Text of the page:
It starts up like any other 2011 Dodge Challenger SRT8 392: with a noticeable popping thump as the big 6.4-liter V8 spins to life. Then the engine settles into a rumbling idle. Dennis McCarthy's crew hasn't really done anything mechanical to this Challenger and that's OK. Because this wide-body thing does burnouts that produce clouds of smoke so big that they interrupt air traffic in surrounding states.
And it's not just the quality of the smoke that makes these burnouts worthy of hymns and passion plays, but how easily this Mopar produces them. All it takes is turning off the traction control, firmly planting your right foot on the brake and letting your left big toe ease into the accelerator pedal and then... then... the rear tires ignite as if they'd been thrown into a steel mill's furnace.
If you're looking for a test of the 2011 Dodge Challenger SRT8 392, check out Edmunds.com's exhaustive array of instrumented testing in this comparison test. Or take a look at this exciting Burnout Supertest. And then revel in this straightforward full test. Then come back here and read about the movie car.
At the end of 2011's Fast Five, Dominic Toretto (Vin Diesel) and Brian O'Conner (Paul Walker) have made it out of Brazil with $100 million and are relaxing in some unidentified tropical paradise. Somewhere in there O'Conner has acquired an R35 Nissan GT-R and Toretto has assumed ownership of this Challenger SRT8 392. And of course they decide to race them against one another just as the credits roll.
Apparently Fast & Furious 6 picks up at exactly that moment where Fast Five ended. So this is one of the few cars to appear in not one, but two Fast & Furious films. Surely if the Challenger had had parents, they'd be terribly proud of this distinction.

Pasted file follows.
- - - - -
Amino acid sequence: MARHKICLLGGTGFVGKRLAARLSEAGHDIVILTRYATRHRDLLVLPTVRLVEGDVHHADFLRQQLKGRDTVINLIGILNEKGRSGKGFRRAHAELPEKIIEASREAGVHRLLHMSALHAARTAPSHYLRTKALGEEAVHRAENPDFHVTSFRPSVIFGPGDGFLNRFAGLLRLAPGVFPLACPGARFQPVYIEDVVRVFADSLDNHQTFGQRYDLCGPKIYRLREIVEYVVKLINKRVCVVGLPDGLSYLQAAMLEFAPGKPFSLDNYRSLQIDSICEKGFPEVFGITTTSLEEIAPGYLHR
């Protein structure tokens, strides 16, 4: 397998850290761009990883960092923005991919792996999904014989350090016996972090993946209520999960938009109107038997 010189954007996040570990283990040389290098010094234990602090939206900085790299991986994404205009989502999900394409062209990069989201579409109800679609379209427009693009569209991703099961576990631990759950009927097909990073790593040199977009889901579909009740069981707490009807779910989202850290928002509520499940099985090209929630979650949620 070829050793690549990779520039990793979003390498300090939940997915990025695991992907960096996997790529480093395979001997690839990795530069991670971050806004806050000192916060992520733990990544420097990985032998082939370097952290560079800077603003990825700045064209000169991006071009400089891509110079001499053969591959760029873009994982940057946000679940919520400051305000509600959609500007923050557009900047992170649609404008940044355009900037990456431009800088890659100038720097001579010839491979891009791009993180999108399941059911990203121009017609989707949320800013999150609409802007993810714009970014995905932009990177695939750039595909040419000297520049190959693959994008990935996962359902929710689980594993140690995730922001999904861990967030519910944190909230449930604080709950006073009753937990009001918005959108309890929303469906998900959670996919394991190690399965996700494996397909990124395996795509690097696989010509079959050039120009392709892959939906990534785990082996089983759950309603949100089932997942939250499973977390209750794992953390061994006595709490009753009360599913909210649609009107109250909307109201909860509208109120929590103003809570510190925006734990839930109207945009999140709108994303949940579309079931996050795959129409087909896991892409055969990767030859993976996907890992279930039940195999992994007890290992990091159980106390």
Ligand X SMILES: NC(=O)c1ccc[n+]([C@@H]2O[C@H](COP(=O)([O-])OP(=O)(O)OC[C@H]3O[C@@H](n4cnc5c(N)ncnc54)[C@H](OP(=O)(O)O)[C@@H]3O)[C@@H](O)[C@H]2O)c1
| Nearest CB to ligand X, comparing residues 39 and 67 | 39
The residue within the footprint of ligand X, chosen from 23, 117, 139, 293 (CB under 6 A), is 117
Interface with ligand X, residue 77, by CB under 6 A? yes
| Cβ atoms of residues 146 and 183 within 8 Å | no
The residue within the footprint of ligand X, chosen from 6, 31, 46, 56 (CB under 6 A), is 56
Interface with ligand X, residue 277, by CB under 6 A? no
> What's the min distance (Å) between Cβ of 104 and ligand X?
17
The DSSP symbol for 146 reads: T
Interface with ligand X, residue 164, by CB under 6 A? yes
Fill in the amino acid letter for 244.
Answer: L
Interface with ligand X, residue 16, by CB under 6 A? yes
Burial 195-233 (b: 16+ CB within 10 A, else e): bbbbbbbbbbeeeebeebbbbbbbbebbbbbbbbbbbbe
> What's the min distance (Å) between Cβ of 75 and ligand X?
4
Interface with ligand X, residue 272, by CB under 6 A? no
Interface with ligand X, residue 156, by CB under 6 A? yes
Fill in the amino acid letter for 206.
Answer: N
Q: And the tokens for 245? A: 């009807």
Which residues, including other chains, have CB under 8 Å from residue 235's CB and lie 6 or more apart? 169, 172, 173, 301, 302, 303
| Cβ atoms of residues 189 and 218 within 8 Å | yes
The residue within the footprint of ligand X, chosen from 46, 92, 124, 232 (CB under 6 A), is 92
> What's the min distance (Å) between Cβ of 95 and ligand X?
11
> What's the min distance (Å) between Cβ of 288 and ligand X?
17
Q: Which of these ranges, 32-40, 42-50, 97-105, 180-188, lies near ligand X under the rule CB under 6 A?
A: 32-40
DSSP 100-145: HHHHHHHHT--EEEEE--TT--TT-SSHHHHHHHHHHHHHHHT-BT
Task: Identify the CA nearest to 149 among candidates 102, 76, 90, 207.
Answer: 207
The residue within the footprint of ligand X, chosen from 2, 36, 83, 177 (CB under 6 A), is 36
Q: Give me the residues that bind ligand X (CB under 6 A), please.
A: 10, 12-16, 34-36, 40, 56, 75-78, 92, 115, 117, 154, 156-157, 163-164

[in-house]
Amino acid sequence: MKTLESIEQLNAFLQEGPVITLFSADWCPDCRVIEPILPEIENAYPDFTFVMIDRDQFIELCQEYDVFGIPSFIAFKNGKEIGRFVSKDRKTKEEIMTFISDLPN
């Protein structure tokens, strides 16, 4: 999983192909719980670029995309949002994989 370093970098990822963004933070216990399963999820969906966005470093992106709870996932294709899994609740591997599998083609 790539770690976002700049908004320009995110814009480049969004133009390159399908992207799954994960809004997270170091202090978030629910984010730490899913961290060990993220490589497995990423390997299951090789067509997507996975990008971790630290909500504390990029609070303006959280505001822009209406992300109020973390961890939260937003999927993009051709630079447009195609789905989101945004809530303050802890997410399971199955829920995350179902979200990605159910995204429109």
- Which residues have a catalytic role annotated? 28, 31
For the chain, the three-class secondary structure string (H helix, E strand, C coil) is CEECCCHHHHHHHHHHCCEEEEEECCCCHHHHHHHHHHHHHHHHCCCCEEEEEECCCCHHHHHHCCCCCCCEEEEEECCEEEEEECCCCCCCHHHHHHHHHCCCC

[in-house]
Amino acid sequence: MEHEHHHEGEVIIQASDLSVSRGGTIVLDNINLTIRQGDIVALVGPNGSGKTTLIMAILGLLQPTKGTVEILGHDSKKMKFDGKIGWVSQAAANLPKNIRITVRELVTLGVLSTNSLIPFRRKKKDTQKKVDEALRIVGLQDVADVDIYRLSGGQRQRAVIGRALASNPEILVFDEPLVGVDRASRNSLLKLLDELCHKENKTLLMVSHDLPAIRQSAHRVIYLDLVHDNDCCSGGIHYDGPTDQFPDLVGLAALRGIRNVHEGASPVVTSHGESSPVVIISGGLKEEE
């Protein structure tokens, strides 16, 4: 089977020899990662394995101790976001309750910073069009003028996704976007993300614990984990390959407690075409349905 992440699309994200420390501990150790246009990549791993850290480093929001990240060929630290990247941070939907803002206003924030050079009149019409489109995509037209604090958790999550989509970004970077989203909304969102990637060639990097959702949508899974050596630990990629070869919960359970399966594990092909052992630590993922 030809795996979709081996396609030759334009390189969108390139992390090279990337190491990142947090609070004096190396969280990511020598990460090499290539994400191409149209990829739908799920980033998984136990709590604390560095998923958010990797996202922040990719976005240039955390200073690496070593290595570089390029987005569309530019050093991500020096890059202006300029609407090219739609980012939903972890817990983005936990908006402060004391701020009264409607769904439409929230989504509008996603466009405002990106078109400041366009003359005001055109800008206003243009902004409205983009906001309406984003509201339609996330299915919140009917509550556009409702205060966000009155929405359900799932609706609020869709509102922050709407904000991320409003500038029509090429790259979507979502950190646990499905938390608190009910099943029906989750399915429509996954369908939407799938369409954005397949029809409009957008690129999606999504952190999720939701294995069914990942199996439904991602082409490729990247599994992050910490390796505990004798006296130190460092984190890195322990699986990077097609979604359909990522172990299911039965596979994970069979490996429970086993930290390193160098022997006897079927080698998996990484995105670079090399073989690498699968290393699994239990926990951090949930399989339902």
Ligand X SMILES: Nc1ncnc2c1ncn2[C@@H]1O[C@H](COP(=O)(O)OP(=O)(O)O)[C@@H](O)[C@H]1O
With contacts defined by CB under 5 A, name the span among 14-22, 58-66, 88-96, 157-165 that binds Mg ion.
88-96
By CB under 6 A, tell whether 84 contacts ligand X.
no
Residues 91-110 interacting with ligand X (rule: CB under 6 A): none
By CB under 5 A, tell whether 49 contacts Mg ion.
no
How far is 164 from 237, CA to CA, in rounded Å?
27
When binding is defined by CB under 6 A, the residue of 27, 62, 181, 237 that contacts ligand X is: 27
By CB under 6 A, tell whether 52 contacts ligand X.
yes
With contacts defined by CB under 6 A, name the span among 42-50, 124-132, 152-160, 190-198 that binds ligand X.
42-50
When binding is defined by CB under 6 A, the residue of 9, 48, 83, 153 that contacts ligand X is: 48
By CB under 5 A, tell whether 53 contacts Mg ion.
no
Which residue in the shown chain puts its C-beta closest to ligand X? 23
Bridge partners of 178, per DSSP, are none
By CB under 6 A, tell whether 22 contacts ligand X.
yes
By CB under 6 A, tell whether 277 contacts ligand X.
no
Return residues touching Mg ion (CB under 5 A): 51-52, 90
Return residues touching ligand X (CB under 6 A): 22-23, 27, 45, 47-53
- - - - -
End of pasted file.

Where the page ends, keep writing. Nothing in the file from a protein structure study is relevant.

After that race is concluded, however, the Challenger virtually disappears from the film. Oh well, that's how fickle stardom is.
Not So Modified
Picture car coordinator Dennis McCarthy needed four of these Challengers for filming and Dodge was happy to supply them for promotional value. And since they were new cars, there wasn't any reason to rebuild or reengineer them. One was crashed, one was cut up for green screen filming and two were returned to Chrysler and crushed.
However, it wouldn't do to have Dominic Toretto running around in a stock Dodge. So each Challenger was fitted with a wide-body kit from Classic Design Concepts. That includes new, wider composite plastic replacement front fenders and composite rear fender extensions. Altogether, the extensions add a massive 6 inches of width to the Challenger and allow the fitment of tires with up to 315 millimeters of tread width.
Taking advantage of the additional width is a set of USW forged modular wheels inside 275/40R20 front and 315/40R20 rear Continental tires. And those rear tires make great smoke.